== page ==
It was largely this lack of sentimentality that attracted Sonia, Maria's producer sister, to Ragtime. Maria maintains that there has never been any sibling rivalry between them, but confesses wistfully that she covets her sister's hair. When I meet Sonia in her airy office above the New Ambassadors Theatre in the West End, I can see why. Sonia's hair, in contrast to Maria's short, neat, blonde locks, is a wild, thick mass, as unrestrained as Sonia herself. Instantly likeable, she says exactly what she thinks - often in salty language - and she laughs loudly, raucously and often.

At 37, Sonia is five years younger than Maria. Her education was as turbulent as her sister's until she was sent to St Christopher's, a progressive boarding school in Letchworth. "It was the best thing that ever happened to me. When I went there I was a write-off. By the age of 16, I knew who I was, I liked myself and I was looking forward to life."

Armed with new self-assurance, she left school and worked for two years backstage at London theatres, learning what she could. At 18 she went to Central School of Speech and Drama to train in stage management, gaining a job at the National Theatre soon after graduating. Then, in 1993, she heard that artistic director Max Stafford Clark was leaving the Royal Court. With typical impatience and aplomb, she approached him about forming a new company to produce cutting-edge drama. He agreed, and Out of Joint, now one of Britain's foremost touring companies, was born.

By 1998, though she was itching for a new challenge, and moved to the commercial sector, joining the Ambassador Theatre Group. Her own company, Sonia Friedman Productions, was formed as a subsidiary of ATG last year, and since then she has brought such star names as Madonna, Woody Harrelson, Gillian Anderson and, shortly, Minnie Driver and Matthew Perry, into the West End. It seems a far cry from the days when she was working in high-minded, subsidised theatre, a self-styled "arts council babe" to whom "commercialism was a dirty word". But it's a criticism she's ready for.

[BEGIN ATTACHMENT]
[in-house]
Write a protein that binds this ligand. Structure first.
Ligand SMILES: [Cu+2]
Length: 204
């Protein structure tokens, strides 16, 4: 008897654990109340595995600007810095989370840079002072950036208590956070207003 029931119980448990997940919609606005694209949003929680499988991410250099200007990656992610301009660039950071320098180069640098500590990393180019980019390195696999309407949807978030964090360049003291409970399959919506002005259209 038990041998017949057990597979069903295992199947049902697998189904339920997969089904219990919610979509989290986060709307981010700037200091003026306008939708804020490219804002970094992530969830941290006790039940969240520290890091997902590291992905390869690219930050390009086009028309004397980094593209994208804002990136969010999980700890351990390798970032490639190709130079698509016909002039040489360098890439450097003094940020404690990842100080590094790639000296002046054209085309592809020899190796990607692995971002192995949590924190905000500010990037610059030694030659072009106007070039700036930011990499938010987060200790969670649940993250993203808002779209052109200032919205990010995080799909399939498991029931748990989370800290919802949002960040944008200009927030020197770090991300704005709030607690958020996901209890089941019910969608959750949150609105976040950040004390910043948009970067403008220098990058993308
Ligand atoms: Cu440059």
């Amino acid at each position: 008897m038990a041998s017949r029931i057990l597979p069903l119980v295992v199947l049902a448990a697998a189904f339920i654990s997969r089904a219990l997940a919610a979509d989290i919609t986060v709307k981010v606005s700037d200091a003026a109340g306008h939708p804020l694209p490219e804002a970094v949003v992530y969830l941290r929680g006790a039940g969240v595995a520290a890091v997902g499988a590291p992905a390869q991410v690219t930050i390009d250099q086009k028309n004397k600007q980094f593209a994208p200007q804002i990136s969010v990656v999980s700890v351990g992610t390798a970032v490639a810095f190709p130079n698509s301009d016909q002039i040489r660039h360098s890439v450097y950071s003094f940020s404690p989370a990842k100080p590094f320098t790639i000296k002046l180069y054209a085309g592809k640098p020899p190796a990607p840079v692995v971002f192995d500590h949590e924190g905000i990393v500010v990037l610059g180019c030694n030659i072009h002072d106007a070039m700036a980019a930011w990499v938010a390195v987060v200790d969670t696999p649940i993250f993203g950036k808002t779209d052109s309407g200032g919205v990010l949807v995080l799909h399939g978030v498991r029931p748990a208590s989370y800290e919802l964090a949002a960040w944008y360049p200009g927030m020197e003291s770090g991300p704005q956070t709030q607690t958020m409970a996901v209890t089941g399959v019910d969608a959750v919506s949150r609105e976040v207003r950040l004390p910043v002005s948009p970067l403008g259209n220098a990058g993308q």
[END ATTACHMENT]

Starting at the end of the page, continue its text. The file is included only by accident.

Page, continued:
"We've got to create an energy in the West End. If a handful of actors who happen to be famous because they're in movies choose to come to London to do a play, naturally they're going to get attention. I'm not going to defend doing that work, because audiences want to see it. I think it's great to give theatre a kick up the arse. And if it puts theatre on front pages, that's great too." She unarguably achieved the latter with the comedy Up For Grabs, which, though panned by the critics, was the West End's hottest ticket thanks to its star; one Mrs Ritchie. What was it like working with the queen of pop?

"I was never starstruck when I was in the room with Madonna, because that was business," she says. "But the first time I went to meet her I had to go and sit in a bar and have 10 cigarettes beforehand. I suddenly realised how she'd influenced my life - the cowboy boots I bought two years ago, or the belt, or just that whole thing of 'I'm a woman, I'm out there, I'm doing my thing, I don't give a shit'. I was incredibly honoured to work with her."

So, from big stars, to big sister. Sonia seems as excited about Ragtime as Maria, but being so close, don't they row? "All the time. I may be her producer but I'm also her little sister and, hey" - she affects a bossy tone - "let's not forget it!"

With their equally strong views, sharp minds and formidable talents, any fight between Maria and Sonia would be pretty evenly matched. Together, though, I suspect they might just be unbeatable.